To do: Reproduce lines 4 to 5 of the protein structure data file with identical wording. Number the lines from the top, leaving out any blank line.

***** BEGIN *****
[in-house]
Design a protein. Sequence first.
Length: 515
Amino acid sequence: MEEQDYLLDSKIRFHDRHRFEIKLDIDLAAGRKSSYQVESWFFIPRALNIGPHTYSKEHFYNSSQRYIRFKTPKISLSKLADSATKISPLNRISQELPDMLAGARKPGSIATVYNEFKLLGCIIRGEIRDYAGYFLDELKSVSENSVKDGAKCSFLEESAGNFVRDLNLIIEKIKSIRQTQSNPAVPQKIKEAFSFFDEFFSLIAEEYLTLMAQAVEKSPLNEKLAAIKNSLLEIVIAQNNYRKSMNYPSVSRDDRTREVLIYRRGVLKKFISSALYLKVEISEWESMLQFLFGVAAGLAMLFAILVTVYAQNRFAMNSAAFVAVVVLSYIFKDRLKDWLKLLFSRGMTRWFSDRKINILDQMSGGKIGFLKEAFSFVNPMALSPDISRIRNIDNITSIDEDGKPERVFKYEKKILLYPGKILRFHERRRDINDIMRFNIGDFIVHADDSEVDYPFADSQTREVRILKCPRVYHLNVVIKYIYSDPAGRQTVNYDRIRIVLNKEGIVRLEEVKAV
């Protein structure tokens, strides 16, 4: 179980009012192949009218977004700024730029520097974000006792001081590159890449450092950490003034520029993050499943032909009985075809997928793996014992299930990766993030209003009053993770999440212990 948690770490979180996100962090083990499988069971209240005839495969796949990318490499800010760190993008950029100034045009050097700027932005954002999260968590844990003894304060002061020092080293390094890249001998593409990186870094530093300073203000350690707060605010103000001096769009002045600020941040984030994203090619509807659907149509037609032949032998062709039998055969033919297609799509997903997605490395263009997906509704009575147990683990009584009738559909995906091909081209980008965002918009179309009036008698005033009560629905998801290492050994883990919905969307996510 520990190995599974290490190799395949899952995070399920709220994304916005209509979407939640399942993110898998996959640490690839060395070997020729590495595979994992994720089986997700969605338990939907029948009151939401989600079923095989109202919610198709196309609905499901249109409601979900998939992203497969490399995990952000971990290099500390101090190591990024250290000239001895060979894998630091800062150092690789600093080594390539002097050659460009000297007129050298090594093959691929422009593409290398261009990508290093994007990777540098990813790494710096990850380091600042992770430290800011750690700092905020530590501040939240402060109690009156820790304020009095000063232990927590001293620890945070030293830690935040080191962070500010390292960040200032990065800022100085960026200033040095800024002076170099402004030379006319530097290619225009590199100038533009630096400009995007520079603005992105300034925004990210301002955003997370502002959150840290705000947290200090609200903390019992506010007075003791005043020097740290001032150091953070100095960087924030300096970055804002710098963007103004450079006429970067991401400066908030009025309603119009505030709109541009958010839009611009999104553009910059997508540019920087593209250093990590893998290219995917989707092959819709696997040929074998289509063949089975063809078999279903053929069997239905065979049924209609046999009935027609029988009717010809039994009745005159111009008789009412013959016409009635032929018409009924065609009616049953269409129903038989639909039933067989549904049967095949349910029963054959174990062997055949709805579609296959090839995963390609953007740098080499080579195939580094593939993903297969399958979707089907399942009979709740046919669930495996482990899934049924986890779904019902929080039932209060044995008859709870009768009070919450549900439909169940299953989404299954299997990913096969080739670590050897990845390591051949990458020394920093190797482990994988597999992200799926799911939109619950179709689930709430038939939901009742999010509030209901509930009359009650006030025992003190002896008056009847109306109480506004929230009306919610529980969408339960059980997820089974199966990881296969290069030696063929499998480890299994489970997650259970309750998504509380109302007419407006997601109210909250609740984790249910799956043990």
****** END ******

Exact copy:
Amino acid sequence: MEEQDYLLDSKIRFHDRHRFEIKLDIDLAAGRKSSYQVESWFFIPRALNIGPHTYSKEHFYNSSQRYIRFKTPKISLSKLADSATKISPLNRISQELPDMLAGARKPGSIATVYNEFKLLGCIIRGEIRDYAGYFLDELKSVSENSVKDGAKCSFLEESAGNFVRDLNLIIEKIKSIRQTQSNPAVPQKIKEAFSFFDEFFSLIAEEYLTLMAQAVEKSPLNEKLAAIKNSLLEIVIAQNNYRKSMNYPSVSRDDRTREVLIYRRGVLKKFISSALYLKVEISEWESMLQFLFGVAAGLAMLFAILVTVYAQNRFAMNSAAFVAVVVLSYIFKDRLKDWLKLLFSRGMTRWFSDRKINILDQMSGGKIGFLKEAFSFVNPMALSPDISRIRNIDNITSIDEDGKPERVFKYEKKILLYPGKILRFHERRRDINDIMRFNIGDFIVHADDSEVDYPFADSQTREVRILKCPRVYHLNVVIKYIYSDPAGRQTVNYDRIRIVLNKEGIVRLEEVKAV
């Protein structure tokens, strides 16, 4: 179980009012192949009218977004700024730029520097974000006792001081590159890449450092950490003034520029993050499943032909009985075809997928793996014992299930990766993030209003009053993770999440212990 948690770490979180996100962090083990499988069971209240005839495969796949990318490499800010760190993008950029100034045009050097700027932005954002999260968590844990003894304060002061020092080293390094890249001998593409990186870094530093300073203000350690707060605010103000001096769009002045600020941040984030994203090619509807659907149509037609032949032998062709039998055969033919297609799509997903997605490395263009997906509704009575147990683990009584009738559909995906091909081209980008965002918009179309009036008698005033009560629905998801290492050994883990919905969307996510 520990190995599974290490190799395949899952995070399920709220994304916005209509979407939640399942993110898998996959640490690839060395070997020729590495595979994992994720089986997700969605338990939907029948009151939401989600079923095989109202919610198709196309609905499901249109409601979900998939992203497969490399995990952000971990290099500390101090190591990024250290000239001895060979894998630091800062150092690789600093080594390539002097050659460009000297007129050298090594093959691929422009593409290398261009990508290093994007990777540098990813790494710096990850380091600042992770430290800011750690700092905020530590501040939240402060109690009156820790304020009095000063232990927590001293620890945070030293830690935040080191962070500010390292960040200032990065800022100085960026200033040095800024002076170099402004030379006319530097290619225009590199100038533009630096400009995007520079603005992105300034925004990210301002955003997370502002959150840290705000947290200090609200903390019992506010007075003791005043020097740290001032150091953070100095960087924030300096970055804002710098963007103004450079006429970067991401400066908030009025309603119009505030709109541009958010839009611009999104553009910059997508540019920087593209250093990590893998290219995917989707092959819709696997040929074998289509063949089975063809078999279903053929069997239905065979049924209609046999009935027609029988009717010809039994009745005159111009008789009412013959016409009635032929018409009924065609009616049953269409129903038989639909039933067989549904049967095949349910029963054959174990062997055949709805579609296959090839995963390609953007740098080499080579195939580094593939993903297969399958979707089907399942009979709740046919669930495996482990899934049924986890779904019902929080039932209060044995008859709870009768009070919450549900439909169940299953989404299954299997990913096969080739670590050897990845390591051949990458020394920093190797482990994988597999992200799926799911939109619950179709689930709430038939939901009742999010509030209901509930009359009650006030025992003190002896008056009847109306109480506004929230009306919610529980969408339960059980997820089974199966990881296969290069030696063929499998480890299994489970997650259970309750998504509380109302007419407006997601109210909250609740984790249910799956043990």